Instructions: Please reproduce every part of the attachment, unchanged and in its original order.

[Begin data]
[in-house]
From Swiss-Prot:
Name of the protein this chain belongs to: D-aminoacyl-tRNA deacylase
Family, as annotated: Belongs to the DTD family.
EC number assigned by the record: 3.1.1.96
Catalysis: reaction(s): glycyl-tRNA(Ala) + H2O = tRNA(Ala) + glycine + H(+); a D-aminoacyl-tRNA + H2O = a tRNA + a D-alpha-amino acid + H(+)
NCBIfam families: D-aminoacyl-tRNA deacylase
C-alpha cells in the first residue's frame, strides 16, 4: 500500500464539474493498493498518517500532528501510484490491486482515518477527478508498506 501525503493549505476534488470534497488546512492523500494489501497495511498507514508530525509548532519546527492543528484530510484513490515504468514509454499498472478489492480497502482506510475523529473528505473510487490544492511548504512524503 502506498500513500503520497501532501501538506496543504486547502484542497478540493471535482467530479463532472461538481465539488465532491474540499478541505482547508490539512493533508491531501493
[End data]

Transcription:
[in-house]
From Swiss-Prot:
Name of the protein this chain belongs to: D-aminoacyl-tRNA deacylase
Family, as annotated: Belongs to the DTD family.
EC number assigned by the record: 3.1.1.96
Catalysis: reaction(s): glycyl-tRNA(Ala) + H2O = tRNA(Ala) + glycine + H(+); a D-aminoacyl-tRNA + H2O = a tRNA + a D-alpha-amino acid + H(+)
NCBIfam families: D-aminoacyl-tRNA deacylase
C-alpha cells in the first residue's frame, strides 16, 4: 500500500464539474493498493498518517500532528501510484490491486482515518477527478508498506 501525503493549505476534488470534497488546512492523500494489501497495511498507514508530525509548532519546527492543528484530510484513490515504468514509454499498472478489492480497502482506510475523529473528505473510487490544492511548504512524503 502506498500513500503520497501532501501538506496543504486547502484542497478540493471535482467530479463532472461538481465539488465532491474540499478541505482547508490539512493533508491531501493